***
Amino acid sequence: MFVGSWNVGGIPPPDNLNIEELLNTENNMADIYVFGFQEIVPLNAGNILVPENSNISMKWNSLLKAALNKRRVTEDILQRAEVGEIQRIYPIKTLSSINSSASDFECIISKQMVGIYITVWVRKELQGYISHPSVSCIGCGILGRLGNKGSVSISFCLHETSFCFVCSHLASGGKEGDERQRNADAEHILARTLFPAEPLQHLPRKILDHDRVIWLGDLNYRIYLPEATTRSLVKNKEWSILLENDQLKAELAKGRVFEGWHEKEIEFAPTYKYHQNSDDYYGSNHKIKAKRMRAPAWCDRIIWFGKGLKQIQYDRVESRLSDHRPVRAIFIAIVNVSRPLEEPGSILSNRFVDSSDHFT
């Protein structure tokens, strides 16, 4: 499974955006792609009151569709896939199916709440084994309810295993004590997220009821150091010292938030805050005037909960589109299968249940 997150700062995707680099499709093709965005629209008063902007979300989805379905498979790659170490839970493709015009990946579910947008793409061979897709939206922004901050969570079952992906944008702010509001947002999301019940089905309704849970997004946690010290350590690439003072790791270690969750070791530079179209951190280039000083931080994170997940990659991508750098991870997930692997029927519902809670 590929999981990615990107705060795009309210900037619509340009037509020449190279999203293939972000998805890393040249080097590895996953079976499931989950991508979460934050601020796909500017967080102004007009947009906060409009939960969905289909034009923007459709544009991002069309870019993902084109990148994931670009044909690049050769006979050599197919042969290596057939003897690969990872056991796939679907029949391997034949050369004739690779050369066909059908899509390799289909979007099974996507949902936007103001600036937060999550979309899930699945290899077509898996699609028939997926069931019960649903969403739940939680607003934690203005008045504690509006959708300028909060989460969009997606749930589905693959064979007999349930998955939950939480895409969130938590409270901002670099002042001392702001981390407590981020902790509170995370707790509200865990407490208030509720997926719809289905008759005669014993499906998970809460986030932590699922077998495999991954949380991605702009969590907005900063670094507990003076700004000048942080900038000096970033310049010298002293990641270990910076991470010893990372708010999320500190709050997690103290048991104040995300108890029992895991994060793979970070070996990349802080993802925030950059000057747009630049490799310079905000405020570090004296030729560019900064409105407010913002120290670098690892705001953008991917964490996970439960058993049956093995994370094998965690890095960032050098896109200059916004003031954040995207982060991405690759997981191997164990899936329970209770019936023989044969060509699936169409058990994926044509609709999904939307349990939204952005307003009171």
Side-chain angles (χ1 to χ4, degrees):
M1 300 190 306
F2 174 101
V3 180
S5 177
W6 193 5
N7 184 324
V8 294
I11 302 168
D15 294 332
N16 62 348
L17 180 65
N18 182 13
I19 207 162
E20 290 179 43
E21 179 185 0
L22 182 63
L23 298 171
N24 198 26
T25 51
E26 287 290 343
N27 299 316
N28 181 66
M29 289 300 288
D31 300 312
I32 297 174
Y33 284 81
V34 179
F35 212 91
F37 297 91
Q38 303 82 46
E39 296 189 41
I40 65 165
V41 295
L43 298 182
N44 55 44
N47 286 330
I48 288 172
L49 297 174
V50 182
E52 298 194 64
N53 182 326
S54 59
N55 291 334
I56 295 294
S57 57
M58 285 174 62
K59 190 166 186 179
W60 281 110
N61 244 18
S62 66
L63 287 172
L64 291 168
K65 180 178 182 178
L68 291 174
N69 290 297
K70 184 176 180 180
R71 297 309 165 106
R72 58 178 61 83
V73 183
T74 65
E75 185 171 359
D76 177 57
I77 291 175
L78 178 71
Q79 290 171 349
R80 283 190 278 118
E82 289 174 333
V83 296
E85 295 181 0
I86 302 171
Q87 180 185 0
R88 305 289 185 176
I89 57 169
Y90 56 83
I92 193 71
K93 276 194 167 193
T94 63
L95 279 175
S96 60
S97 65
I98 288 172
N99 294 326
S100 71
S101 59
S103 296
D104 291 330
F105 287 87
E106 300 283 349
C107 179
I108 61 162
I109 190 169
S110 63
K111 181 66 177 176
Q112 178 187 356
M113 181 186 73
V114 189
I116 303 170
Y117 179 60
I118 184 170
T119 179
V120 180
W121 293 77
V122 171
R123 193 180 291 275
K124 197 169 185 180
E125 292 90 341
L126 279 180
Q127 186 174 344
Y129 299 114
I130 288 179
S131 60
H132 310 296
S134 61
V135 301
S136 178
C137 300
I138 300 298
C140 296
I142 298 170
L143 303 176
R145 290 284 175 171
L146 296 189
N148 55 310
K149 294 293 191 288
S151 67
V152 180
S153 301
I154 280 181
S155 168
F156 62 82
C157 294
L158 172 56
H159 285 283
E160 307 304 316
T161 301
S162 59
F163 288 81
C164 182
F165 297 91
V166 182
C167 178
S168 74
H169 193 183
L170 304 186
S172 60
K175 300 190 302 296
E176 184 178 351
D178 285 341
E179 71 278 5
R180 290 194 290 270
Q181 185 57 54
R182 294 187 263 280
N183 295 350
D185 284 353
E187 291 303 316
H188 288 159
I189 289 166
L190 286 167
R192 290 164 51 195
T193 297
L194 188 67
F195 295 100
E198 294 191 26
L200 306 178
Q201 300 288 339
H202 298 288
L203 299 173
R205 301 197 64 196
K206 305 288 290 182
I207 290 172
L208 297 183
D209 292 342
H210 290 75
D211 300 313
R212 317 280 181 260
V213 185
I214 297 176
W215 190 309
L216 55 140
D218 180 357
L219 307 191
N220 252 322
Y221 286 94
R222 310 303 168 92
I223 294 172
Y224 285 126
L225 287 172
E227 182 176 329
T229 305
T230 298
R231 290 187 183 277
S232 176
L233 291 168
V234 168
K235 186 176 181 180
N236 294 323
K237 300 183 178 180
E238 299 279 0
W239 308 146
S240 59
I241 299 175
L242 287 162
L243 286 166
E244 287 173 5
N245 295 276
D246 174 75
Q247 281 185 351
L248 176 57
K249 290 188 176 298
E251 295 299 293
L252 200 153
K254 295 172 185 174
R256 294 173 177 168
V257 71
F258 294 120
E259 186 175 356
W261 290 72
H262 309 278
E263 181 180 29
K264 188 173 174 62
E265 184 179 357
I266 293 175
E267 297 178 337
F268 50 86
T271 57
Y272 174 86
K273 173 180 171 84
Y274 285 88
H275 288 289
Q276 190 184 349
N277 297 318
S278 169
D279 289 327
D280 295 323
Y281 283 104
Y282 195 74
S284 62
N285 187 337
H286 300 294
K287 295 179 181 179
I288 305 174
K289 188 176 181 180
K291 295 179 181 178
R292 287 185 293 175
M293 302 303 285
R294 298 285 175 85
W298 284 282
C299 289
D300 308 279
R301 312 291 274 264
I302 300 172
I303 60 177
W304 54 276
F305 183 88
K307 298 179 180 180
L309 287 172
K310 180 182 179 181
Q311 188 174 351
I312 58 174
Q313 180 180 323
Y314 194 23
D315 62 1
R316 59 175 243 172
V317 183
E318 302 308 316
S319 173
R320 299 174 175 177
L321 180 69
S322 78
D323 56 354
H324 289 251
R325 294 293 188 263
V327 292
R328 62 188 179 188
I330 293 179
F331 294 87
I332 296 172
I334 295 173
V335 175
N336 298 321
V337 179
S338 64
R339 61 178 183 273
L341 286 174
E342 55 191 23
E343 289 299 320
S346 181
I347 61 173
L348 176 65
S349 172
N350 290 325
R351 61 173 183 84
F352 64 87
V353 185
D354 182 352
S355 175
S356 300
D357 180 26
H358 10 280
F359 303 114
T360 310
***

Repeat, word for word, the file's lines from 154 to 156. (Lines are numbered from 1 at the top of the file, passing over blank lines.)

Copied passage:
Q181 185 57 54
R182 294 187 263 280
N183 295 350